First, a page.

Presenting Diagnostic Results from Clinical Applications of Genomic Testing: Patient Perspectives
Presented By: Richard Sharp 1,2 Allison Glinka 1, Janelle Highland 1, Michelle McGowan 3, Amy Shealy 2, Rocio Moran 2 1ClevelandClinic Department of Bioethics,Cleveland,OH,USA 2ClevelandClinic
Richard Sharp 1,2 Allison Glinka 1, Janelle Highland 1, Michelle McGowan 3, Amy Shealy 2, Rocio Moran 2
1ClevelandClinic Department of Bioethics,Cleveland,OH,USA
2ClevelandClinic Genomic Medicine Institute,Cleveland,OH,USA
3 Case Western Reserve University Department of Bioethics,Cleveland,OH,USA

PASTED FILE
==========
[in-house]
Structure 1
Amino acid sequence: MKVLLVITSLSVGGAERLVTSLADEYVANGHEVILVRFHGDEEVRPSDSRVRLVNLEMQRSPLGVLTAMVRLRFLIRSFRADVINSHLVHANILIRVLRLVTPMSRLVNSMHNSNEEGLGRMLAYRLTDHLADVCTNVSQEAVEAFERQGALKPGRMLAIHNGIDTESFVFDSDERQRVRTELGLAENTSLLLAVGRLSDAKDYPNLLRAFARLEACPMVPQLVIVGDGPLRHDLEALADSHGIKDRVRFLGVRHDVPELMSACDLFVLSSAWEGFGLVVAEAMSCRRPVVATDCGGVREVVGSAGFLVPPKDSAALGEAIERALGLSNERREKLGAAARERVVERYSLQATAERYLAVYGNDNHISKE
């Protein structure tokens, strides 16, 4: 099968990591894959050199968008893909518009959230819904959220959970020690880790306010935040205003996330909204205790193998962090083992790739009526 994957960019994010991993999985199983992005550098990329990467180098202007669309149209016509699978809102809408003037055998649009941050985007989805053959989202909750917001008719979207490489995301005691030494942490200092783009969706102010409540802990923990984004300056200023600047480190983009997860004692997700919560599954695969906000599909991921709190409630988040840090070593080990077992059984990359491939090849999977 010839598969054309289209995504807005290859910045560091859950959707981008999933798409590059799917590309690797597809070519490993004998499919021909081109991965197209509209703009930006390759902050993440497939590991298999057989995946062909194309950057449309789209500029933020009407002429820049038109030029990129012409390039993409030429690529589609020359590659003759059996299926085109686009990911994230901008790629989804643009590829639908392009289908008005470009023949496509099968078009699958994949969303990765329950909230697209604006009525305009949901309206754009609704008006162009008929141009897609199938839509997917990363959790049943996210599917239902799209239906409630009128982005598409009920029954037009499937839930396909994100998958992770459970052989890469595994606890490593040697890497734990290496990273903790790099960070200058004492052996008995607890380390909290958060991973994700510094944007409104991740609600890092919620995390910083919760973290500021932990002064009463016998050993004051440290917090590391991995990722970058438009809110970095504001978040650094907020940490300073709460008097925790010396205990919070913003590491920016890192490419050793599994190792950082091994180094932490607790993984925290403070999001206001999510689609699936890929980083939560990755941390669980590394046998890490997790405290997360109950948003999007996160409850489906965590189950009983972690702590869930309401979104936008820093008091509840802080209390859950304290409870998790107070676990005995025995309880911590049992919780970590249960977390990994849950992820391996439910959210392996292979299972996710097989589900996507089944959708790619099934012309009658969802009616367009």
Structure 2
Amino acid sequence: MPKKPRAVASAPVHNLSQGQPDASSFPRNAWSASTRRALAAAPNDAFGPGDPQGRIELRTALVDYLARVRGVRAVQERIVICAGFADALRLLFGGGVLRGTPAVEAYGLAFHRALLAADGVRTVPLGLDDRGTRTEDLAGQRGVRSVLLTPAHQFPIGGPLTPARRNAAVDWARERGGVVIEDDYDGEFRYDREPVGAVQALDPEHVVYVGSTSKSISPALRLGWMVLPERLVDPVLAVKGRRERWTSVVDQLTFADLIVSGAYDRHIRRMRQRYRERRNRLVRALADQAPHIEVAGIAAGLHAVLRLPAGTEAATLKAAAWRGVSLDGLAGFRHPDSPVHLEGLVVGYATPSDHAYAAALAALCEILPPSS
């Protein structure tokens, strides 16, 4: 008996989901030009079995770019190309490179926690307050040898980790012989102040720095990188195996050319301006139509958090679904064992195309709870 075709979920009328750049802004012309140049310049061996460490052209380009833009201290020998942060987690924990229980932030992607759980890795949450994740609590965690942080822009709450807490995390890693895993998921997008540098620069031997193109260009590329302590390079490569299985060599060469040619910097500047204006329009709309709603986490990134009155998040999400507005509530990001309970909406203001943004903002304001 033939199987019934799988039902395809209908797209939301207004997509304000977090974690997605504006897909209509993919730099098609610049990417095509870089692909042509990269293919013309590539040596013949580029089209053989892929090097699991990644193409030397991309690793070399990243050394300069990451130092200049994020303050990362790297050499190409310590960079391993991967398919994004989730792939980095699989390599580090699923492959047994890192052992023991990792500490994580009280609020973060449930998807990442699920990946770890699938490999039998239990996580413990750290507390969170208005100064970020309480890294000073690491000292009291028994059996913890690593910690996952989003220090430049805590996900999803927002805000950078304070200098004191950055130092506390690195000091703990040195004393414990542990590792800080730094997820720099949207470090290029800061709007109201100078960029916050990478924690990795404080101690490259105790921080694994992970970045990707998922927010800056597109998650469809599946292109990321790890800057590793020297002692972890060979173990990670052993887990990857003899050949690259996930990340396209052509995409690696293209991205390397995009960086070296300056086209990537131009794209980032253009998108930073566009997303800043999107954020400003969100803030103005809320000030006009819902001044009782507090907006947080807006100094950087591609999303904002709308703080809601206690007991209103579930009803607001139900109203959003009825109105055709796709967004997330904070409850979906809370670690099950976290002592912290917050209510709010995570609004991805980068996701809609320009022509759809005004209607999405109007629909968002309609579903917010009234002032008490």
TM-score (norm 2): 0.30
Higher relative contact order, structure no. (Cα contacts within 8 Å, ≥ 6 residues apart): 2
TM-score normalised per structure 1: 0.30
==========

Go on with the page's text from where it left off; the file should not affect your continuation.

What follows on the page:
Recent advances in array-based genomic diagnostics will soon make high-throughput genotyping more readily available to patients and clinicians. With this technological capacity, little is known about patient and provider expectations. Ethical questions that may arise are: What types of information on risks and benefits will patients want to know prior to making a decision about genomic testing? What level of confidentiality do patients expect surrounding these types of results? How do patients plan to utilize genomic risk profile results? This presentation explores these questions through 51 semi-structured interviews with patients at the Cleveland Clinic’s Genomics Medicine Institute. Our findings reveal that patients stressed the importance of discussion with health care providers prior to ordering genomic testing, despite potential clinical time constraints. They also felt these discussions of risk factors should reflect individual patient preferences. Despite patients’ general enthusiasm for genomic testing and their familiarity with the Genetic Information Nondiscrimination Act, many expressed concerns about privacy and confidentiality, especially with respect to inappropriate use of genomic test results by insurance companies and employers. Patients expressed less concerned about absolute confidentiality, stressing the importance of making genetic risk information available to family members. These findings have implications for our current patient-genetic health care provider model, suggesting a new paradigm which might address future roles for genetic counselors, changes in genetics education, the management of vast amounts of information from genomic testing results, and the potential strain between patients and providers with respect to their views on personally relevant and clinically actionable results.
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